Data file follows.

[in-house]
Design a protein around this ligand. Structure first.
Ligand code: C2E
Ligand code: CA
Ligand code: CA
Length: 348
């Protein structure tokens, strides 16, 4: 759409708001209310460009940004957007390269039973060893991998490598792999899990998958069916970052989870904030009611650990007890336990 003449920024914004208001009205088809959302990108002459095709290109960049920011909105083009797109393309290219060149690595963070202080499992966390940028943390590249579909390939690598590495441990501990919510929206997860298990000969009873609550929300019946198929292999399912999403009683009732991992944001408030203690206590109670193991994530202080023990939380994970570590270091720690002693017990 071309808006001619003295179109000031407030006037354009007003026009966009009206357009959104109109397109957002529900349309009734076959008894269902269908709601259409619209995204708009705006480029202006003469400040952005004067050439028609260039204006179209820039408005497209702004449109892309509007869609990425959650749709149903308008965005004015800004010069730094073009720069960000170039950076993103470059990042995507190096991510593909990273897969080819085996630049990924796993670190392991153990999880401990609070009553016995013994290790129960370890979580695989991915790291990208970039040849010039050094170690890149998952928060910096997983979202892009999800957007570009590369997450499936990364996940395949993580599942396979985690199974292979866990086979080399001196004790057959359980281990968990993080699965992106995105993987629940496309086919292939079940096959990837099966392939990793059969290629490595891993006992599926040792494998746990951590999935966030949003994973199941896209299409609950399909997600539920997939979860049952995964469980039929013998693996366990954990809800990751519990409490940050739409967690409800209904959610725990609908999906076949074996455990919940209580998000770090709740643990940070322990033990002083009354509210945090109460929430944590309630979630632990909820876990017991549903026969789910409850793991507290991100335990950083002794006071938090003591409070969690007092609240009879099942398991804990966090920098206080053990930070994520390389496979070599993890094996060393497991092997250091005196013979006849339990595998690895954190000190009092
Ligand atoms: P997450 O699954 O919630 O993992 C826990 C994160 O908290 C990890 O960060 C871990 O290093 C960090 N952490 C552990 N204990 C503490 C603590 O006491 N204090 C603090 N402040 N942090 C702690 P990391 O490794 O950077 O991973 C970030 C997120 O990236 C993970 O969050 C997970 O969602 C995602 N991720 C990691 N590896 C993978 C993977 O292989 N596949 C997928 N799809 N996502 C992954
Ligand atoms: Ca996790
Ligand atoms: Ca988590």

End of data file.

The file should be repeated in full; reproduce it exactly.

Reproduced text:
[in-house]
Design a protein around this ligand. Structure first.
Ligand code: C2E
Ligand code: CA
Ligand code: CA
Length: 348
């Protein structure tokens, strides 16, 4: 759409708001209310460009940004957007390269039973060893991998490598792999899990998958069916970052989870904030009611650990007890336990 003449920024914004208001009205088809959302990108002459095709290109960049920011909105083009797109393309290219060149690595963070202080499992966390940028943390590249579909390939690598590495441990501990919510929206997860298990000969009873609550929300019946198929292999399912999403009683009732991992944001408030203690206590109670193991994530202080023990939380994970570590270091720690002693017990 071309808006001619003295179109000031407030006037354009007003026009966009009206357009959104109109397109957002529900349309009734076959008894269902269908709601259409619209995204708009705006480029202006003469400040952005004067050439028609260039204006179209820039408005497209702004449109892309509007869609990425959650749709149903308008965005004015800004010069730094073009720069960000170039950076993103470059990042995507190096991510593909990273897969080819085996630049990924796993670190392991153990999880401990609070009553016995013994290790129960370890979580695989991915790291990208970039040849010039050094170690890149998952928060910096997983979202892009999800957007570009590369997450499936990364996940395949993580599942396979985690199974292979866990086979080399001196004790057959359980281990968990993080699965992106995105993987629940496309086919292939079940096959990837099966392939990793059969290629490595891993006992599926040792494998746990951590999935966030949003994973199941896209299409609950399909997600539920997939979860049952995964469980039929013998693996366990954990809800990751519990409490940050739409967690409800209904959610725990609908999906076949074996455990919940209580998000770090709740643990940070322990033990002083009354509210945090109460929430944590309630979630632990909820876990017991549903026969789910409850793991507290991100335990950083002794006071938090003591409070969690007092609240009879099942398991804990966090920098206080053990930070994520390389496979070599993890094996060393497991092997250091005196013979006849339990595998690895954190000190009092
Ligand atoms: P997450 O699954 O919630 O993992 C826990 C994160 O908290 C990890 O960060 C871990 O290093 C960090 N952490 C552990 N204990 C503490 C603590 O006491 N204090 C603090 N402040 N942090 C702690 P990391 O490794 O950077 O991973 C970030 C997120 O990236 C993970 O969050 C997970 O969602 C995602 N991720 C990691 N590896 C993978 C993977 O292989 N596949 C997928 N799809 N996502 C992954
Ligand atoms: Ca996790
Ligand atoms: Ca988590």